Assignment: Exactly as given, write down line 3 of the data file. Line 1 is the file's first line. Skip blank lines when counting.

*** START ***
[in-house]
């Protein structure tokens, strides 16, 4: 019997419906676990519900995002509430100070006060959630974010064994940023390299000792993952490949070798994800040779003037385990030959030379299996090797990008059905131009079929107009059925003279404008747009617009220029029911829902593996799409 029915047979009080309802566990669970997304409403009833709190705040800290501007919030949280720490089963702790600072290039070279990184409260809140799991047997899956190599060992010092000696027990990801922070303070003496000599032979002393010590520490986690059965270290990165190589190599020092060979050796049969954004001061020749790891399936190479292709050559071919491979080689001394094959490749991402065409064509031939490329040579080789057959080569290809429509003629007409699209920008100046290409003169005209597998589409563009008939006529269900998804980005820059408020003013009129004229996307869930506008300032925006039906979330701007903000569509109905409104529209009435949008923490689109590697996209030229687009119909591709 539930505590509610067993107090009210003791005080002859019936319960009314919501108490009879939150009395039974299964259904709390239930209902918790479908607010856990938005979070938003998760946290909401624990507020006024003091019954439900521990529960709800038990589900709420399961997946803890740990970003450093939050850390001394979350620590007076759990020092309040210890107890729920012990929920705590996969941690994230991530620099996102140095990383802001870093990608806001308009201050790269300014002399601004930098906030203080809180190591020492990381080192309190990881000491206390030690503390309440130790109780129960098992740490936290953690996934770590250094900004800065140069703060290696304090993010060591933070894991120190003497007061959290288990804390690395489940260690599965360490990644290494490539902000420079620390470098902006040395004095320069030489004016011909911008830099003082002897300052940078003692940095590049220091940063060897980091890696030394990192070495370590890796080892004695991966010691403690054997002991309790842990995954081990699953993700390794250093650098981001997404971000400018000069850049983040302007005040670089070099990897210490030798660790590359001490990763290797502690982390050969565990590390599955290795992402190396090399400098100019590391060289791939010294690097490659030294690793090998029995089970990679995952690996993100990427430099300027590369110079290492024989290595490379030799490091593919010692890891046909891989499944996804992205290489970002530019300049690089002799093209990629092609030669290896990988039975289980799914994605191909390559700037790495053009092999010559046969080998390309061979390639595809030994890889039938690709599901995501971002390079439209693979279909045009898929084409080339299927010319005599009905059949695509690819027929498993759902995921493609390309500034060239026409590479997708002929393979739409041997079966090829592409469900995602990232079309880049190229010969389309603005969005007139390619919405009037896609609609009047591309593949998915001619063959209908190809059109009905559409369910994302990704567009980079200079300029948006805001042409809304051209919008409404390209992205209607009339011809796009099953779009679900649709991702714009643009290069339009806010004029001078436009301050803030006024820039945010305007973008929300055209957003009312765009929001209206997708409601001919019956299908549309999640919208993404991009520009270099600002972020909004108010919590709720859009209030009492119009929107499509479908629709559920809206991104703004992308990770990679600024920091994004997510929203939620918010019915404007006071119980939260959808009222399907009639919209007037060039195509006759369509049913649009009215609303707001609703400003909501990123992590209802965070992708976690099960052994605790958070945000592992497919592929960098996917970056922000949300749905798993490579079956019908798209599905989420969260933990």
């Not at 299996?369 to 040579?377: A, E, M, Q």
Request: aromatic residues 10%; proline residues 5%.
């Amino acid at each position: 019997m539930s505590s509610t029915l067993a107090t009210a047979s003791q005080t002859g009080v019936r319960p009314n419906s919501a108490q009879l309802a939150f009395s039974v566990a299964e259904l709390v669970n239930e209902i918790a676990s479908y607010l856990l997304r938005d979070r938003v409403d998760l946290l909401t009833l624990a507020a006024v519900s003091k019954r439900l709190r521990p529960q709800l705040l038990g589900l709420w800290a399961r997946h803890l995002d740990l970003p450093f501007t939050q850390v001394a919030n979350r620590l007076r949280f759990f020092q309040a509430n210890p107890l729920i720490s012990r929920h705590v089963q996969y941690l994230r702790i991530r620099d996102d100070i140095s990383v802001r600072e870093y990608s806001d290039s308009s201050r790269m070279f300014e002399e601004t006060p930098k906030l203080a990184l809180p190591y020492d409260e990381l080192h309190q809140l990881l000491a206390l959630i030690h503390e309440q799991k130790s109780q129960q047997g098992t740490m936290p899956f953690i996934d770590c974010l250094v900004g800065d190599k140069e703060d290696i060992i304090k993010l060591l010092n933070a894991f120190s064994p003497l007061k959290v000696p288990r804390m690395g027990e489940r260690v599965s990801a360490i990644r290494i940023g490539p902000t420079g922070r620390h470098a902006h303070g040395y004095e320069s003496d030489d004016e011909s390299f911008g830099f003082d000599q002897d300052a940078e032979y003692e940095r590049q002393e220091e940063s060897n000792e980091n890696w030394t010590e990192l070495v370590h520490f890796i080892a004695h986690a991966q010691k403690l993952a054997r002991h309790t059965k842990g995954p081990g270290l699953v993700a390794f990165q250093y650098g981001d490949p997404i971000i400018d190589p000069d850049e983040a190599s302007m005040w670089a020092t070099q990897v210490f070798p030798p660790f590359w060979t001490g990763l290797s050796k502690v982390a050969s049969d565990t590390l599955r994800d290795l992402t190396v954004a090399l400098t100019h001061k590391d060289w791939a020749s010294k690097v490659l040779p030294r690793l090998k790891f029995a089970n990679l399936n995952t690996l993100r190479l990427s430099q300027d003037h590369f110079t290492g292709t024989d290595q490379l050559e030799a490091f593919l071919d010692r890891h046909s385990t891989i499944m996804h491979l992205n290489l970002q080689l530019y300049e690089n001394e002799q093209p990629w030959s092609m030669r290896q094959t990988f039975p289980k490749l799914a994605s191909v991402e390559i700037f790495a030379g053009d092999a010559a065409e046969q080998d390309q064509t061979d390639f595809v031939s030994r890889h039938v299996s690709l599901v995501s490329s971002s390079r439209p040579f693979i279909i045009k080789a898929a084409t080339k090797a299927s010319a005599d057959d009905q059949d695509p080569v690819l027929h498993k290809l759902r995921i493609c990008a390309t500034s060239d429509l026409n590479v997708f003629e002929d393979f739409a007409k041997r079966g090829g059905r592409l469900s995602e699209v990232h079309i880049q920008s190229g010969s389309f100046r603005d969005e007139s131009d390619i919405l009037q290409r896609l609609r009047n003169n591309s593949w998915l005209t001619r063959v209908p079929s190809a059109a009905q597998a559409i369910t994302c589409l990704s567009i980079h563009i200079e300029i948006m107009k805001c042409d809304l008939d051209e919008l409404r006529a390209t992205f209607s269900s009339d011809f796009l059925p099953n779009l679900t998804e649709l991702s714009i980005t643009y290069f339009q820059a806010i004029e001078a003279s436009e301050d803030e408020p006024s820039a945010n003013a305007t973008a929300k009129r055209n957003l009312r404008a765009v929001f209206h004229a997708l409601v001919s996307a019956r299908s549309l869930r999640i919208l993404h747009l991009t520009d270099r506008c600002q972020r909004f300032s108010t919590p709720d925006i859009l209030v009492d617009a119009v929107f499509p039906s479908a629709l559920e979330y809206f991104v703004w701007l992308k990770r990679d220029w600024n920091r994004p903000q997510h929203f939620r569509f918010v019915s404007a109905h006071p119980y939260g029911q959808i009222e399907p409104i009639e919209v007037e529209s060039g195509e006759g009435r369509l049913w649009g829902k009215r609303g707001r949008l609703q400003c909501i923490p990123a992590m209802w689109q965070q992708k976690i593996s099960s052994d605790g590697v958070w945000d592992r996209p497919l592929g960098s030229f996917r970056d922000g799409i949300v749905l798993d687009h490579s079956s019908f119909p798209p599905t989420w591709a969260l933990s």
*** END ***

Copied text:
């Not at 299996?369 to 040579?377: A, E, M, Q």